Please see our information on victims of crime, including possible victim compensation programs in the United States.
CRIMINAL PENALTIES: While you are traveling in Anguilla, you are subject to its laws even if you are a U.S. citizen. Foreign laws and legal systems can be vastly different than our own. In some places you may be taken in for questioning if you don’t have your passport with you. In some places driving under the influence could land you immediately in jail. These criminal penalties will vary from country to country. There are also some things that might be legal in the country you visit, but still illegal in the United States, and you can be prosecuted under U.S. law if you buy pirated goods. Engaging in sexual conduct with children or using or disseminating child pornography in a foreign country is a crime prosecutable in the United States. If you break local laws in Anguilla, your U.S. passport won’t help you avoid arrest or prosecution. It’s very important to know what’s legal and what’s not where you are going.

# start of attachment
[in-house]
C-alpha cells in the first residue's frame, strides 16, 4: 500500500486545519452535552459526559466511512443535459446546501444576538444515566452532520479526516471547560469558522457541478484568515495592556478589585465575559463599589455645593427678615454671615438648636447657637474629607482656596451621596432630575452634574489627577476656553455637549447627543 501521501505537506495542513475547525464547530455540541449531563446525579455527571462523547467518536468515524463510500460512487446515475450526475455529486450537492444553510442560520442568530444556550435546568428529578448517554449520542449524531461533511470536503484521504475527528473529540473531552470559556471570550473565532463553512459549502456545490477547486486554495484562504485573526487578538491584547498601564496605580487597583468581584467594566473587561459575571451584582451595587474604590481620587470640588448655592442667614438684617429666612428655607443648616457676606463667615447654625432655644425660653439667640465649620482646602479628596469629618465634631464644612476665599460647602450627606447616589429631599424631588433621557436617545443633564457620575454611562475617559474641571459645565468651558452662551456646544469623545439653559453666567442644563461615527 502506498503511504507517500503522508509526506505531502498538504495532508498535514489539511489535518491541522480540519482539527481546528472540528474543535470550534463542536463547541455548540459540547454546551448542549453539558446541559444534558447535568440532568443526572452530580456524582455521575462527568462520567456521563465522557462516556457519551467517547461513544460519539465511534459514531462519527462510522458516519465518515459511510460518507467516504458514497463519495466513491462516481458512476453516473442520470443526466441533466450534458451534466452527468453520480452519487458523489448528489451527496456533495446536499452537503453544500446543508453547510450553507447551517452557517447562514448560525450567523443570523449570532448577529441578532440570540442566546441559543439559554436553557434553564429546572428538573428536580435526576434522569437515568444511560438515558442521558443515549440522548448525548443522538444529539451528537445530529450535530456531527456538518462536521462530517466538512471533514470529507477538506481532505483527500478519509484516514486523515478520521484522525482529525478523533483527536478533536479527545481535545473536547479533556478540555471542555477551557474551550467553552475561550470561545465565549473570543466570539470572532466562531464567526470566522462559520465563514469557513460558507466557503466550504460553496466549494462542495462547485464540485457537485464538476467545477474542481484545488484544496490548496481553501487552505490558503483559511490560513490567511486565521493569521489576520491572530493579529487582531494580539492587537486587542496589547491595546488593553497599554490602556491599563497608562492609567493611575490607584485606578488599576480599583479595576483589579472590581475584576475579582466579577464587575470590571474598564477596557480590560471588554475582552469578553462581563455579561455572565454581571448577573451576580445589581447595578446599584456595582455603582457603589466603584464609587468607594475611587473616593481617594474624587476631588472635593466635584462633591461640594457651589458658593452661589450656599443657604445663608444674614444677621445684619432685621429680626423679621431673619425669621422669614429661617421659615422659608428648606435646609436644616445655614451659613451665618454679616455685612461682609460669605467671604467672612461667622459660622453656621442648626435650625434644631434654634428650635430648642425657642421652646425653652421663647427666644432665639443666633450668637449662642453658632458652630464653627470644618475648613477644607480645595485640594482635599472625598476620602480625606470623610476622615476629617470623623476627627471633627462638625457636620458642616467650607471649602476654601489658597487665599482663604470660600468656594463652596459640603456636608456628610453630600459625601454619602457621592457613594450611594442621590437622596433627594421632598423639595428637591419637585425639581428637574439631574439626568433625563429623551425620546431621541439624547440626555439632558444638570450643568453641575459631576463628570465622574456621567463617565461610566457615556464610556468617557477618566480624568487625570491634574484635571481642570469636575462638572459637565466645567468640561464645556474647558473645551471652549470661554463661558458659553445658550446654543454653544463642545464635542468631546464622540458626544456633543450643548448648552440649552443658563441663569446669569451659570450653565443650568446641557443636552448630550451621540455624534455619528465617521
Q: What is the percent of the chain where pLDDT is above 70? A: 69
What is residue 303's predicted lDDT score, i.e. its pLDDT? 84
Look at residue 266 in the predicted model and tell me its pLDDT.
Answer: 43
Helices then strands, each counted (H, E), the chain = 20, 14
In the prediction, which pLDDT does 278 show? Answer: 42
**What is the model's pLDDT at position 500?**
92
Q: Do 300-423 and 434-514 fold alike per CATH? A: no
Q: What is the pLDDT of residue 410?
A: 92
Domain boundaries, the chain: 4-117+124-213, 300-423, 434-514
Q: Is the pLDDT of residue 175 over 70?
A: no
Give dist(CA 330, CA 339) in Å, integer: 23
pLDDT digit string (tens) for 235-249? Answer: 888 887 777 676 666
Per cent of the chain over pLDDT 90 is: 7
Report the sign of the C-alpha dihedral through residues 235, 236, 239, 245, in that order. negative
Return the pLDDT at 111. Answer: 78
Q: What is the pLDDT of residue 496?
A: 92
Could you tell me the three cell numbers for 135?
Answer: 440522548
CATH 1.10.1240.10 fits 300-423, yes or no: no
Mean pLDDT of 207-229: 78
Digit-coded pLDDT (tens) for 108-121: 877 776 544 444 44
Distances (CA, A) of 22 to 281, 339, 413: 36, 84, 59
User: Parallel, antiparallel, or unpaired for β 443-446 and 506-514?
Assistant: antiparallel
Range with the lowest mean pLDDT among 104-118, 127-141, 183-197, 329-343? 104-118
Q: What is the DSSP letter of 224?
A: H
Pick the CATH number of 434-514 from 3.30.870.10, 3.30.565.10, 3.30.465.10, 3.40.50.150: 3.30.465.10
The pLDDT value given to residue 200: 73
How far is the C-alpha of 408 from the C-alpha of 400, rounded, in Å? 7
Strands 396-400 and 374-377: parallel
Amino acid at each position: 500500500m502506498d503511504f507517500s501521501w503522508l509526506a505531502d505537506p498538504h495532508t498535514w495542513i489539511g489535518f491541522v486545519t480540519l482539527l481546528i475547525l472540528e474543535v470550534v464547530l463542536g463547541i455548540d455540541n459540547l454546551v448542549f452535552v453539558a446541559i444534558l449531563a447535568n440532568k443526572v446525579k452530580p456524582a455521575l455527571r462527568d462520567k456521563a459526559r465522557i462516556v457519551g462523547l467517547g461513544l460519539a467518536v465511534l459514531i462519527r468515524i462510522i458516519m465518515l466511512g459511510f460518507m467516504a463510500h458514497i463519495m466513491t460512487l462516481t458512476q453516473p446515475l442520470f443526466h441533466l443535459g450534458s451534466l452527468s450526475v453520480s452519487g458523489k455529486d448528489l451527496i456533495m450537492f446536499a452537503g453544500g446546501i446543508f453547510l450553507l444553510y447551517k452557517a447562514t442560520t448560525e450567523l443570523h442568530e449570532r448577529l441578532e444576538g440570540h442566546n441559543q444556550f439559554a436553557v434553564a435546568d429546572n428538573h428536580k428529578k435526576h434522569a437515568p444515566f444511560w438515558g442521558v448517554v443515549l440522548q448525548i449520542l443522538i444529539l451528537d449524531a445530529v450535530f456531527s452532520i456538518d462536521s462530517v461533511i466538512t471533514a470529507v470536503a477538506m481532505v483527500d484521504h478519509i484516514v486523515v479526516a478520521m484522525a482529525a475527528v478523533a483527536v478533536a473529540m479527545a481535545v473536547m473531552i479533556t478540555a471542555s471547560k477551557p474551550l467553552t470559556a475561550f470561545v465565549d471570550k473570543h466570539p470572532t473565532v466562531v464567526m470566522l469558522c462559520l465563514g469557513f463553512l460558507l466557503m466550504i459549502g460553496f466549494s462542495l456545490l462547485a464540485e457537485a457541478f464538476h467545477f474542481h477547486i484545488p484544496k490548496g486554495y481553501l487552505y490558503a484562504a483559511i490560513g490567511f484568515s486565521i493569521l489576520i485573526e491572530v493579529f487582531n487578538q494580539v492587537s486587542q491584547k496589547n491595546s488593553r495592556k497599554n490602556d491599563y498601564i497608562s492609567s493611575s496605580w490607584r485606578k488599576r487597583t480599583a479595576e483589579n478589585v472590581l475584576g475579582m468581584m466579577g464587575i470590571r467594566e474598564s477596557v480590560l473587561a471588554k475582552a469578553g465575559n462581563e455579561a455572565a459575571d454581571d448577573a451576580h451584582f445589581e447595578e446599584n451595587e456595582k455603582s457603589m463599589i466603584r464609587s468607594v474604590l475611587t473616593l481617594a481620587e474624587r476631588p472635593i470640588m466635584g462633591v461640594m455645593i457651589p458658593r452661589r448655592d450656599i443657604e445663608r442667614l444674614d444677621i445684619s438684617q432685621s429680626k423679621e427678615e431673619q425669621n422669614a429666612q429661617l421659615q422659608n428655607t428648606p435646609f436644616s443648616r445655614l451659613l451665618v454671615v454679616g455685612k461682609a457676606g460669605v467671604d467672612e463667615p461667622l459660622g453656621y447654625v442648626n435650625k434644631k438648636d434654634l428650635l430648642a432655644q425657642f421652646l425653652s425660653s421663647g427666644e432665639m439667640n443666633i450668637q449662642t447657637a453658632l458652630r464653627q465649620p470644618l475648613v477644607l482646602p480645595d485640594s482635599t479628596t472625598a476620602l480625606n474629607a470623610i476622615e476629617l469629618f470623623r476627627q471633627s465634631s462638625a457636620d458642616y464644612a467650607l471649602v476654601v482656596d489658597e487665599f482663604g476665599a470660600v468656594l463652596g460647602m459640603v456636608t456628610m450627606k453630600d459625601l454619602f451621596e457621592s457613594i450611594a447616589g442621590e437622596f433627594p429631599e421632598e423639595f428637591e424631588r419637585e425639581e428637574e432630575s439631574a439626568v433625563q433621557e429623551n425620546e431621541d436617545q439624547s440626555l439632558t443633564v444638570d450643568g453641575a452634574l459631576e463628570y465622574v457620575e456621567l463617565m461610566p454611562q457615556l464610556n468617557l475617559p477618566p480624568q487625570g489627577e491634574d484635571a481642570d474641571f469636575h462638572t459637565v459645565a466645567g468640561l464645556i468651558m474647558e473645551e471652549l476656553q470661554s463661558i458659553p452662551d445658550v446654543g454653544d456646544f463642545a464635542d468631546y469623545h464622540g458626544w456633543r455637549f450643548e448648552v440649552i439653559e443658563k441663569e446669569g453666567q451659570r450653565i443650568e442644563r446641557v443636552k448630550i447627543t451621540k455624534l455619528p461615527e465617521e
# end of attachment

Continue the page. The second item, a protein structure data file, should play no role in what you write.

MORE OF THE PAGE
IF ARRESTED: If you are arrested in Anguilla, authorities of Anguilla are required to notify the nearest U.S. embassy or consulate of your arrest. If you are concerned the Department of State may not be aware of your situation, you should request the police or prison officials to notify the nearest U.S. embassy or consulate of your arrest.